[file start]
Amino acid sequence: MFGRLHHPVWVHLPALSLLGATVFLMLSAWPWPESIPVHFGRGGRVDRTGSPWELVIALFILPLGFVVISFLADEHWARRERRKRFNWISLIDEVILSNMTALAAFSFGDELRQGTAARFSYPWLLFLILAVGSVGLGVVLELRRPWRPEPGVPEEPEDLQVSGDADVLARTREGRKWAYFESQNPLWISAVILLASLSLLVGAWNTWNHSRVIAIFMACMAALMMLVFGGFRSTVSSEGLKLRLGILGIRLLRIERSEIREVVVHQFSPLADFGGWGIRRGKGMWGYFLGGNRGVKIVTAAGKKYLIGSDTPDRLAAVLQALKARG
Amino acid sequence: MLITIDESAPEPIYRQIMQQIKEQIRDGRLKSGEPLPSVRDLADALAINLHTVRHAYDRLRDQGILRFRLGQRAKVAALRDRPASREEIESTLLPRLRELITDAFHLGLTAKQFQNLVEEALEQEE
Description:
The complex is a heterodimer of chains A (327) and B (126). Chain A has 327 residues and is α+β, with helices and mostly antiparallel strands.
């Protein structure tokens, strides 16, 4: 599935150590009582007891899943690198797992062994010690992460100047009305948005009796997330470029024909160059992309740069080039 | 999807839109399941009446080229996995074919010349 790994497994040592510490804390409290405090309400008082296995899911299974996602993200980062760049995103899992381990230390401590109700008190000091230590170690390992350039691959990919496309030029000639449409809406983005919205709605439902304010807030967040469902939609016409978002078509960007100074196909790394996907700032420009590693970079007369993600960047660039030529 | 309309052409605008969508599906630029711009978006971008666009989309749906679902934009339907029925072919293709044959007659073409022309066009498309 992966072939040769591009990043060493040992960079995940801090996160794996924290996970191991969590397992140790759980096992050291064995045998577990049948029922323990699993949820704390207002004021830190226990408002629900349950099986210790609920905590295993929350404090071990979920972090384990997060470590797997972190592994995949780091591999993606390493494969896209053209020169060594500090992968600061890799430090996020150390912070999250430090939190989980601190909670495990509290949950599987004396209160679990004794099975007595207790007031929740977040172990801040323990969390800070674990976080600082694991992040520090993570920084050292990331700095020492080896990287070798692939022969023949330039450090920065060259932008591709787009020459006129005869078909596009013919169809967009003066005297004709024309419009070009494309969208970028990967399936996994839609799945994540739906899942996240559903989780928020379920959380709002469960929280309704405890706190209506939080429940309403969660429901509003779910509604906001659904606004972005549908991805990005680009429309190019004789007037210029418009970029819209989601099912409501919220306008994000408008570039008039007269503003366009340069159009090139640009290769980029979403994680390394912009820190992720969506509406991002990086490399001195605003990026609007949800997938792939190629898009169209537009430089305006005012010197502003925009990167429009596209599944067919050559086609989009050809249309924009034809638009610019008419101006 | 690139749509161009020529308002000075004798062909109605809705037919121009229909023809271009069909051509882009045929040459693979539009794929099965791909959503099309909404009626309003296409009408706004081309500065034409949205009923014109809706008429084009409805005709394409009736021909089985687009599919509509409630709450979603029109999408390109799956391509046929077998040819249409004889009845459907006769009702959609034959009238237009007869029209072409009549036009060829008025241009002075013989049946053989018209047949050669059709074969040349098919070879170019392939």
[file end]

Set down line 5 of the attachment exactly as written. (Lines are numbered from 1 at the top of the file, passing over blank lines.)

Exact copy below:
């Protein structure tokens, strides 16, 4: 599935150590009582007891899943690198797992062994010690992460100047009305948005009796997330470029024909160059992309740069080039 | 999807839109399941009446080229996995074919010349 790994497994040592510490804390409290405090309400008082296995899911299974996602993200980062760049995103899992381990230390401590109700008190000091230590170690390992350039691959990919496309030029000639449409809406983005919205709605439902304010807030967040469902939609016409978002078509960007100074196909790394996907700032420009590693970079007369993600960047660039030529 | 309309052409605008969508599906630029711009978006971008666009989309749906679902934009339907029925072919293709044959007659073409022309066009498309 992966072939040769591009990043060493040992960079995940801090996160794996924290996970191991969590397992140790759980096992050291064995045998577990049948029922323990699993949820704390207002004021830190226990408002629900349950099986210790609920905590295993929350404090071990979920972090384990997060470590797997972190592994995949780091591999993606390493494969896209053209020169060594500090992968600061890799430090996020150390912070999250430090939190989980601190909670495990509290949950599987004396209160679990004794099975007595207790007031929740977040172990801040323990969390800070674990976080600082694991992040520090993570920084050292990331700095020492080896990287070798692939022969023949330039450090920065060259932008591709787009020459006129005869078909596009013919169809967009003066005297004709024309419009070009494309969208970028990967399936996994839609799945994540739906899942996240559903989780928020379920959380709002469960929280309704405890706190209506939080429940309403969660429901509003779910509604906001659904606004972005549908991805990005680009429309190019004789007037210029418009970029819209989601099912409501919220306008994000408008570039008039007269503003366009340069159009090139640009290769980029979403994680390394912009820190992720969506509406991002990086490399001195605003990026609007949800997938792939190629898009169209537009430089305006005012010197502003925009990167429009596209599944067919050559086609989009050809249309924009034809638009610019008419101006 | 690139749509161009020529308002000075004798062909109605809705037919121009229909023809271009069909051509882009045929040459693979539009794929099965791909959503099309909404009626309003296409009408706004081309500065034409949205009923014109809706008429084009409805005709394409009736021909089985687009599919509509409630709450979603029109999408390109799956391509046929077998040819249409004889009845459907006769009702959609034959009238237009007869029209072409009549036009060829008025241009002075013989049946053989018209047949050669059709074969040349098919070879170019392939």